Jurors in New Jersey schoolyard murder trial see machete allegedly used in attacks

NEWARK, N.J. (AP) — Forensic evidence dominated the third day of testimony Tuesday in the trial of a man charged in the brutal murders of three friends in a schoolyard in 2007, including a rusty machete allegedly used to slash two of the victims before they were shot.

Jurors whose most recent day in the courtroom was dominated by graphic testimony from a survivor of the attacks listened on Tuesday to a retired detective who oversaw the crime scene investigation.

Though much of Michael Bozsolak's testimony focused on descriptions of forensic techniques, it still packed an emotional punch for friends and family members in the gallery, particularly when Essex County Assistant Prosecutor Romesh Sukhdeo opened a cardboard box and displayed the 18-inch-long machete and later showed crime-scene photos to the jury.

The survivor told jurors last week how one of the assailants tried to "cut her neck off" with the machete after sexually assaulting her, and prosecutors say one of the other victims suffered severe slash wounds.

Nicaraguan national Rodolfo Godinez of Newark is the first of six defendants to go on trial for the killings. All face murder, attempted murder, robbery and weapons charges for the grisly August 2007 killings of Dashon Harvey and Iofemi Hightower, both 20, and 18-year-old Terrance Aeriel.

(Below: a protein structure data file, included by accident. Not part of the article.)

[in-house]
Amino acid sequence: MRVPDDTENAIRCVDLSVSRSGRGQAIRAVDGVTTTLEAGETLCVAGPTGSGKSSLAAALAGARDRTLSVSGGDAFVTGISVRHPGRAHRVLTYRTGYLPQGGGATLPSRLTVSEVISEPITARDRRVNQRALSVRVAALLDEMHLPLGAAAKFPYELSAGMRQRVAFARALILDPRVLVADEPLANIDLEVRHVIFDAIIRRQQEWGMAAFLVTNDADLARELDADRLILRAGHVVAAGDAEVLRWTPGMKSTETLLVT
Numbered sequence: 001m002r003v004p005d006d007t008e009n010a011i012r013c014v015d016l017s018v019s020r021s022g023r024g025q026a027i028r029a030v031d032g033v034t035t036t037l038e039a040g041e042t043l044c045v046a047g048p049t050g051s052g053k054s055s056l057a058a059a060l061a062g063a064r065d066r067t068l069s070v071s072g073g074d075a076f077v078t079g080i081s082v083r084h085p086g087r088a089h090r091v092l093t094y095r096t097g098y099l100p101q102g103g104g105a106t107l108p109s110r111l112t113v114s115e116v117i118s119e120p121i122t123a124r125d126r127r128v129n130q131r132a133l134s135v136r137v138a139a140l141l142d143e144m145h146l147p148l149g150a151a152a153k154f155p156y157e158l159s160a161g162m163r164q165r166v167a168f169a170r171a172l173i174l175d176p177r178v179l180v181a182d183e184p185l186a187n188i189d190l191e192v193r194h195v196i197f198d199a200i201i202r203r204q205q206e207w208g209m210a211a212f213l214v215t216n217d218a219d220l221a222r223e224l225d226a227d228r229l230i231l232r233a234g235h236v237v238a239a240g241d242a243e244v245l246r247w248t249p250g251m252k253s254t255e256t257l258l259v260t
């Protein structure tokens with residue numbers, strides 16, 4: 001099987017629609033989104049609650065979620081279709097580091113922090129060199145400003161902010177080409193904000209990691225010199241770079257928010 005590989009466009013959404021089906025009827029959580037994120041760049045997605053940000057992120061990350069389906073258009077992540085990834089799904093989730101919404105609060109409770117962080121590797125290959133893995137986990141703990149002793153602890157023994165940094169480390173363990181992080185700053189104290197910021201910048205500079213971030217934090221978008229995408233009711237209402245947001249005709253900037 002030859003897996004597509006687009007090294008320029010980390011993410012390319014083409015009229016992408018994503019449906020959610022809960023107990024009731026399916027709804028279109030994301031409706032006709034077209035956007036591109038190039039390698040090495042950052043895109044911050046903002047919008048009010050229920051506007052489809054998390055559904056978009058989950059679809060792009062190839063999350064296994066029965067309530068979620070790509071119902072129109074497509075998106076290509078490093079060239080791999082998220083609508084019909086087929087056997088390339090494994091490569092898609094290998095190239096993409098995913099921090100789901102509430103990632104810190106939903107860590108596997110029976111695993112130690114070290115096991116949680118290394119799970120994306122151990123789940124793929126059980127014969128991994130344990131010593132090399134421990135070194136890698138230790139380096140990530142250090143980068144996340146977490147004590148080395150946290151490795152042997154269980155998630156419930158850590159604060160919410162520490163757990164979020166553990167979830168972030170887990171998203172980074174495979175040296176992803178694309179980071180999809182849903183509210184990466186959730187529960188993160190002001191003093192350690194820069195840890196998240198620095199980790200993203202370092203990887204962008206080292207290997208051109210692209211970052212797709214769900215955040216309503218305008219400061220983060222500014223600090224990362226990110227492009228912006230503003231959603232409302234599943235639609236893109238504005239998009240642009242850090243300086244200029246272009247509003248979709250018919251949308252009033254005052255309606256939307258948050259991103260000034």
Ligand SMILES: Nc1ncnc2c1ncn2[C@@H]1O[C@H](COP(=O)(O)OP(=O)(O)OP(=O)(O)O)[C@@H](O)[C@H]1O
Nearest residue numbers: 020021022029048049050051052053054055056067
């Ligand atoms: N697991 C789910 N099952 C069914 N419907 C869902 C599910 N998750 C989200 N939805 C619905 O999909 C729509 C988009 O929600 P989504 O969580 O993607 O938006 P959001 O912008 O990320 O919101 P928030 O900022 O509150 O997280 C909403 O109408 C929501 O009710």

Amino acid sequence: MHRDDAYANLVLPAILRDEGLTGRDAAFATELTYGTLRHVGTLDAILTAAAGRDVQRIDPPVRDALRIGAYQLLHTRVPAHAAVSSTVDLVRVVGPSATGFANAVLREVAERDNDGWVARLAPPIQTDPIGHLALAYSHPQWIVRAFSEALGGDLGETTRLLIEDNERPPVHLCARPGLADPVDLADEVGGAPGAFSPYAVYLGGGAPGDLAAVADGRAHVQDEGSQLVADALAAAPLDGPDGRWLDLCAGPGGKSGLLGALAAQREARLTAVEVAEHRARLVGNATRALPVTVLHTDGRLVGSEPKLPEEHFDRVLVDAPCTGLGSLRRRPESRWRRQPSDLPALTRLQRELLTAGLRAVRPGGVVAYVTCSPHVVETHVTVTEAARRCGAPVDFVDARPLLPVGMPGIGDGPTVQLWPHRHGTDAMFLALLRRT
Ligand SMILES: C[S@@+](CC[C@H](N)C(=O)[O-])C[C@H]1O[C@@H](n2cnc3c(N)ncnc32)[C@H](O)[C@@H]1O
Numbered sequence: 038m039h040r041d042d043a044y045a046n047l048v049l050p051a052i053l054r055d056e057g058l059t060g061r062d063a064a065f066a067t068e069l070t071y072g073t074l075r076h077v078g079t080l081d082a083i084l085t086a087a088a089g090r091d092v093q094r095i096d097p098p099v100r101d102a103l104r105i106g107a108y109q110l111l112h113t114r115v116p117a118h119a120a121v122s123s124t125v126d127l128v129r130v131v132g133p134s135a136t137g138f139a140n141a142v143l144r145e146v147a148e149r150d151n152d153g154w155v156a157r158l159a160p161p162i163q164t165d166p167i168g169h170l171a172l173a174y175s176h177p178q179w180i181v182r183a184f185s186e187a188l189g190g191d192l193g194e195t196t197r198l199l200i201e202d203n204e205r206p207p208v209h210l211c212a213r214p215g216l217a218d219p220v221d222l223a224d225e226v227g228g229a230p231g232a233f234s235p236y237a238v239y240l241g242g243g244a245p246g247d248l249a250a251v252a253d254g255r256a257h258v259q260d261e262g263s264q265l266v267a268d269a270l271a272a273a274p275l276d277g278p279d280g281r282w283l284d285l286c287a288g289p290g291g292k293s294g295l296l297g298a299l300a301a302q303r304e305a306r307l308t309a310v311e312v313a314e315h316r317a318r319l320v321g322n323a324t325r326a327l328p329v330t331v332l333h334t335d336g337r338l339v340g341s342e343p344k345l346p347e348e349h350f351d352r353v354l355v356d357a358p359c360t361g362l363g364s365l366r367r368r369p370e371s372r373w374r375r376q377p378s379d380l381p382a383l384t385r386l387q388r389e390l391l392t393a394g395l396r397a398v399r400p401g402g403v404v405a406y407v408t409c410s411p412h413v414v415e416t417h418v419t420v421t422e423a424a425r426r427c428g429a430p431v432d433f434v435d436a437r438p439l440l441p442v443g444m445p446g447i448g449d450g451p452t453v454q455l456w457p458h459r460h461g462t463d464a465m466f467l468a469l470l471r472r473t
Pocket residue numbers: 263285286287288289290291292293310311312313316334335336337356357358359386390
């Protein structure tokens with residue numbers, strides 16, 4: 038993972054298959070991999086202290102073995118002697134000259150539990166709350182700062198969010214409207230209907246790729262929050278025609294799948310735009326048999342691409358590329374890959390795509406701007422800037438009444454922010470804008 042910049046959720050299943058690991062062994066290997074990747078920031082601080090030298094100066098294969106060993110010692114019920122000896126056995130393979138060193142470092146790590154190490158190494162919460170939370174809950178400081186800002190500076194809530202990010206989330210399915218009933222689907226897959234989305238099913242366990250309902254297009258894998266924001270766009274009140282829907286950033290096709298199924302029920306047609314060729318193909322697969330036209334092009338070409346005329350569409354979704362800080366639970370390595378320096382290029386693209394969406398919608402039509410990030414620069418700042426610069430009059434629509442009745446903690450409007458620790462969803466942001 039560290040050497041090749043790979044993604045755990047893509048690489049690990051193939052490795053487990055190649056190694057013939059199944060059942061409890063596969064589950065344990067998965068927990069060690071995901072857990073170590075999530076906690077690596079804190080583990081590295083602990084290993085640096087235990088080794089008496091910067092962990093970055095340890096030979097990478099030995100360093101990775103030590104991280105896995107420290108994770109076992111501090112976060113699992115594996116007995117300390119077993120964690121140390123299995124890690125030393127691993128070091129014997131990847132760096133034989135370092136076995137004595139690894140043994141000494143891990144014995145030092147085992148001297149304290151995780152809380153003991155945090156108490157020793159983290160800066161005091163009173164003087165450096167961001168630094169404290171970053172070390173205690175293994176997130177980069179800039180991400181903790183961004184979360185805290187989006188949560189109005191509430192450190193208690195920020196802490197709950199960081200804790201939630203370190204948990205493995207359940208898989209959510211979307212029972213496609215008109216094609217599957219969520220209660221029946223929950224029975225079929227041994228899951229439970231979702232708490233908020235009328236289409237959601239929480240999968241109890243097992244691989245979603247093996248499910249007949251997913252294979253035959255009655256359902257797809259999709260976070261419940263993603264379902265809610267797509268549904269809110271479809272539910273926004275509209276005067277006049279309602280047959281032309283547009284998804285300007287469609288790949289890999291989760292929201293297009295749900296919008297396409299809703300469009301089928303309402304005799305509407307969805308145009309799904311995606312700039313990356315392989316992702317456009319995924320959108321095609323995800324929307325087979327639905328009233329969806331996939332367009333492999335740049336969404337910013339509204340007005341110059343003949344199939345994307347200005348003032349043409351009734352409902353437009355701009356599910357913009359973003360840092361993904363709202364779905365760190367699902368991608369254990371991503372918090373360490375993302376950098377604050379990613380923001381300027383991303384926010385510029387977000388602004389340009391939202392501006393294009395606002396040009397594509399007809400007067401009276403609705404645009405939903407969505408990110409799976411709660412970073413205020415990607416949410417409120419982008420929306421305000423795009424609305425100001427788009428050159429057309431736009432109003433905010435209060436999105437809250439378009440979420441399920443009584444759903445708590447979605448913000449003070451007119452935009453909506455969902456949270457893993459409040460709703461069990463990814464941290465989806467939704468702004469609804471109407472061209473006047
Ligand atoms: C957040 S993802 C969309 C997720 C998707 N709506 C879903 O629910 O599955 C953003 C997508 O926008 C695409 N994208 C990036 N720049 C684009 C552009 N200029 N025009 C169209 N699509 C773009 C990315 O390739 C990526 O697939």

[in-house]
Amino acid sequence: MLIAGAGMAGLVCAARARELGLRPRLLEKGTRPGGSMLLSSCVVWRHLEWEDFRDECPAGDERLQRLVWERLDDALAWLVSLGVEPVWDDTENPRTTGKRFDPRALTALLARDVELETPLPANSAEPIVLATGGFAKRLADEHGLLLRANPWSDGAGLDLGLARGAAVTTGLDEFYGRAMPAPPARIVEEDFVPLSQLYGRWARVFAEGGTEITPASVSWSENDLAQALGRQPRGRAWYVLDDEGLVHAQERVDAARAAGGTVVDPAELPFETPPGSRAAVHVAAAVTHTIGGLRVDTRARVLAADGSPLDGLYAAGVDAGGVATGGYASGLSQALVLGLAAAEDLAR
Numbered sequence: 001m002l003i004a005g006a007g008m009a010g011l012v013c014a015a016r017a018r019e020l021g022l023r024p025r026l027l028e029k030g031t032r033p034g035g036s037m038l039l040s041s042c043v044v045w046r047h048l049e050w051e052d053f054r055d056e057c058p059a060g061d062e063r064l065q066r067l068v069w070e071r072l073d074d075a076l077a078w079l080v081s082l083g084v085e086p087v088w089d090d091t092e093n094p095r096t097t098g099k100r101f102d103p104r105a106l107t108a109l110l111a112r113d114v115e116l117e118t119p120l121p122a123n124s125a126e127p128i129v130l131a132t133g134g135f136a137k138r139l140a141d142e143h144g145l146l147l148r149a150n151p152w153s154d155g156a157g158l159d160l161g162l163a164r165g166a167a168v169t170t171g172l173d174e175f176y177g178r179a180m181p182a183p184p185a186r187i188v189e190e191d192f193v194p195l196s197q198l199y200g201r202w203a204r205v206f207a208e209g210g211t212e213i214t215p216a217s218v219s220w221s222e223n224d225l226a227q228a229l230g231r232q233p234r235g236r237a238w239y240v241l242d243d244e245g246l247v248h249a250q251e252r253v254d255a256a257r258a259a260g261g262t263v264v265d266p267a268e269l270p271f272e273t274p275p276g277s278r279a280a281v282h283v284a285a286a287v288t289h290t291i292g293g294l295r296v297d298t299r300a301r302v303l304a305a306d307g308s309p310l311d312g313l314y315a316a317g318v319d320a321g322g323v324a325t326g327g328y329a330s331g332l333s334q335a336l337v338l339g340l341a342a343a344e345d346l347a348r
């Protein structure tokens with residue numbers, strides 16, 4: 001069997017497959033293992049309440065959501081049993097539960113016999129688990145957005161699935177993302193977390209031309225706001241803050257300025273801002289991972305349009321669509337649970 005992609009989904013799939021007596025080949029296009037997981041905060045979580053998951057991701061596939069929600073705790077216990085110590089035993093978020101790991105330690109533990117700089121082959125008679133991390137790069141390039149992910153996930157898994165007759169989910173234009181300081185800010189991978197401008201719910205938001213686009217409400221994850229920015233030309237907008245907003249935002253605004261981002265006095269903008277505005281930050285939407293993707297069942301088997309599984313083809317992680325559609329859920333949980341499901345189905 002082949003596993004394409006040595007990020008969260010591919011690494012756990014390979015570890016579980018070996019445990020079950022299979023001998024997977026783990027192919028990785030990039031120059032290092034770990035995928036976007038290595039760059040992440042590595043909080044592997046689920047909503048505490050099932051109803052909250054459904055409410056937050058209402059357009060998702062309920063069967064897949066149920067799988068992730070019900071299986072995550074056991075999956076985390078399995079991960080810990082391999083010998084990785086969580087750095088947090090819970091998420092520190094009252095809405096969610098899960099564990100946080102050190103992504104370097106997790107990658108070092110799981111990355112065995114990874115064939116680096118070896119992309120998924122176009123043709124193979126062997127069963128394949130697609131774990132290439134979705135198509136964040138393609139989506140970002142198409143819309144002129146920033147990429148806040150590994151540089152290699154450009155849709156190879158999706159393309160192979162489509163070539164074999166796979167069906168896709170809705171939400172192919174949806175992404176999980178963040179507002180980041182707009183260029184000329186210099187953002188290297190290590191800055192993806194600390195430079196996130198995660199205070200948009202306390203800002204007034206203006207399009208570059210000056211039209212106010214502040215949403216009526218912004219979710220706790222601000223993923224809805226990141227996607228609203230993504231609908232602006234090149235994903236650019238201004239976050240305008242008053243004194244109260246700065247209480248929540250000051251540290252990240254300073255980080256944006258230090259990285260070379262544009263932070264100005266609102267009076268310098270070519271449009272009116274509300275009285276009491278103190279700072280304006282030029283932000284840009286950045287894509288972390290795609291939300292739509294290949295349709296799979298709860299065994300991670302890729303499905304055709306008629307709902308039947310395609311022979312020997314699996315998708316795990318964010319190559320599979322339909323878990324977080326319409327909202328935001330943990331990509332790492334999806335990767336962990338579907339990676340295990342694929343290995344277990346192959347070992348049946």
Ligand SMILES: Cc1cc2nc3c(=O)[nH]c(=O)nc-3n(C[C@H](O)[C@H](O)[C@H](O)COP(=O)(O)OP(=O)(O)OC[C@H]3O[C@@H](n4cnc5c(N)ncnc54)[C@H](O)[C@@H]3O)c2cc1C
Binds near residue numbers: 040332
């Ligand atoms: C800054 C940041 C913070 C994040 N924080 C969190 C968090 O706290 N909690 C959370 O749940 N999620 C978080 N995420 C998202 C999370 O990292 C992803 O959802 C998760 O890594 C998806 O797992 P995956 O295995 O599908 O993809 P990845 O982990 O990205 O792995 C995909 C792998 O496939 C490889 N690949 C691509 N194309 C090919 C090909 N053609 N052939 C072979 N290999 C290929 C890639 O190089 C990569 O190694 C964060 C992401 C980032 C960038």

The survivor is not being named by The Associated Press because of sexual assault charges against two defendants.

All four victims were friends from Newark and students at Delaware State University or about to enroll. The slayings made national headlines and led to anti-crime measures that have been credited with significantly lowering Newark's murder rate, though the city still is plagued by gun violence.

On the stand for the entire day Tuesday, Bozsolak described collecting evidence at the scene that included several beer bottles left near bleachers within feet of where the survivor was found and up a set of concrete stairs from where the three victims lay.

Fingerprints on the bottles matched those of Jose Carranza and Melvin Jovel, the first and last suspects arrested in the weeks after the killings.

No physical evidence has been introduced that places the then-24-year-old Godinez at the scene, and the survivor was unable to identify him, although she identified Carranza and Jovel in the days after the attacks.

Prosecutors are expected to introduce DNA evidence that links Godinez to one of the beer bottles as well as statements Godinez made to authorities after his arrest in Maryland in which he admitted being at the schoolyard that night.

The most emotional moment Tuesday came when Sukhdeo held up crime scene photos for Bozsolak to identify before showing them to the jury. Some family members closed their eyes, barely holding back tears, while others stared ahead grimly as jurors reviewed photos of the three victims lying in pools of blood.